Supply chain problems and other unfavorable circumstances have led to the cancellation of one Big Island large solar project and the delay of another, according to documents filed with state regulators.
But a Hawaiian Electric Co. spokeswoman remains optimistic more projects in the hopper will help keep the statewide utility on track toward its goal of cutting carbon dioxide emissions by 70% from 2005 levels by 2030 and reach net zero or net negative carbon emissions by 2045 or sooner.
ENGIE EPS Storage Technology, the winner last year of a competitive bid to provide a 60 megawatt solar plus 240 megawatt-hour battery storage facility mauka of Queen Kaahumanu Highway in the Puako area, announced it’s scrapping the project after it failed to negotiate a favorable 25-year power purchase agreement with HECO.
The solar plus battery project, which was slated to be completed in 2023, would have produced 206 gigawatt/hours annually, enough to power 36,000 average Hawaii Island households, as well as avoid 144,000 tons of carbon emissions that would have been produced making the same amount of electricity with fossil fuels, equivalent to taking 32,000 cars off the road.
“We were informed by ENGIE that they decided not to move forward with the Puako Solar project,” HECO spokeswoman Kristen Okinaka said Tuesday. “It’s obviously disappointing when projects like Puako Solar drop out, but there are many other projects moving toward completion. Some other developers have said supply chain issues may cause delays in completing projects, but none have canceled.”
Another project contractor, AES Waikoloa Solar LLC, has notified the state Public Utilities Commission of a “force majeure,” an unforeseeable circumstances that prevents it from fulfilling a contract, that could lead to a delay in its 30 MW, 120 MWh solar plus battery project that was slated to be completed in November, 2022.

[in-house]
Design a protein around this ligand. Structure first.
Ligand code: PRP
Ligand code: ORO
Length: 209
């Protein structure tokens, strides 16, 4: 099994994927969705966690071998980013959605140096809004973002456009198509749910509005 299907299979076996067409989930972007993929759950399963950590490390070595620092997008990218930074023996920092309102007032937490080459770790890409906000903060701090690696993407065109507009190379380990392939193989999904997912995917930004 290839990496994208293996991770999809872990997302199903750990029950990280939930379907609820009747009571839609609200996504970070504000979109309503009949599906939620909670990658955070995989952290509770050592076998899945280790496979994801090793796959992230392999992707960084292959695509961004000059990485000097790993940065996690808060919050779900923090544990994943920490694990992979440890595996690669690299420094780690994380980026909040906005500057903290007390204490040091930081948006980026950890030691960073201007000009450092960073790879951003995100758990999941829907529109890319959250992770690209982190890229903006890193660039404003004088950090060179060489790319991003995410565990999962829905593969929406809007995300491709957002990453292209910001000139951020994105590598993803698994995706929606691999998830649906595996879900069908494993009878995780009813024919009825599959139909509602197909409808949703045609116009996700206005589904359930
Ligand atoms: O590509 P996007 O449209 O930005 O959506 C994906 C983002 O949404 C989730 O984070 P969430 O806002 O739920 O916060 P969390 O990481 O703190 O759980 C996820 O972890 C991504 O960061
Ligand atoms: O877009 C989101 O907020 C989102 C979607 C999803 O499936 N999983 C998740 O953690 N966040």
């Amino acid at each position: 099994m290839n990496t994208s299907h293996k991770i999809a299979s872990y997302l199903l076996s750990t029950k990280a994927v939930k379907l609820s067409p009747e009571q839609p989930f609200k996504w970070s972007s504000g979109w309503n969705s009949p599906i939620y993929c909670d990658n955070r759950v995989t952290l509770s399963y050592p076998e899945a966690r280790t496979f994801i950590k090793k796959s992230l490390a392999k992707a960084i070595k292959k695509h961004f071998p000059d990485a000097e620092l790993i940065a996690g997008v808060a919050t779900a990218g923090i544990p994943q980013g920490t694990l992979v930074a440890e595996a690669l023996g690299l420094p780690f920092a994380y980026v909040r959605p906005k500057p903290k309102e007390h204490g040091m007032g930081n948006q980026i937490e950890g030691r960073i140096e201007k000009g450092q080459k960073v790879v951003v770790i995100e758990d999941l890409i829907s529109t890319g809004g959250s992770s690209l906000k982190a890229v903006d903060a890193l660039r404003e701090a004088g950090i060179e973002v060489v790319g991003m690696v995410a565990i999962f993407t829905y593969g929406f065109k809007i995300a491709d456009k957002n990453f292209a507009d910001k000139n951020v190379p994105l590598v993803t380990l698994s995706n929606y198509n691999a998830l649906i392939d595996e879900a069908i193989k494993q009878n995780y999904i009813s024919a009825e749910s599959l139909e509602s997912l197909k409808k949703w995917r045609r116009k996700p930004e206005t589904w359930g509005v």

That project, which was approved by regulators, is stalled due to the U.S. Customs and Border Protection issuing a withhold release order for certain silica-based products potentially produced by one of its suppliers, according to documents filed with the PUC. Details of the force majeure are kept confidential under contract agreement.
Other projects still ongoing include Keahole Battery Energy Storage, a 12 MW, 12 MWh project slated for completion in April 2023, which awaits regulatory approval.
Another project that’s been approved by regulators is Hale Kuawehi Solar LLC (Innergex), a 30 MW, 120 MWh solar plus battery project in Waimea that’s slated for December, 2022, completion.
In addition, HECO last month put out a request for proposals for renewable projects for the east side of the island, including, but not limited to solar projects. The deadline for submitting proposals is May 17, and projects be operational no later than Dec. 1, 2030.
Source: Hawaii Tribune Herald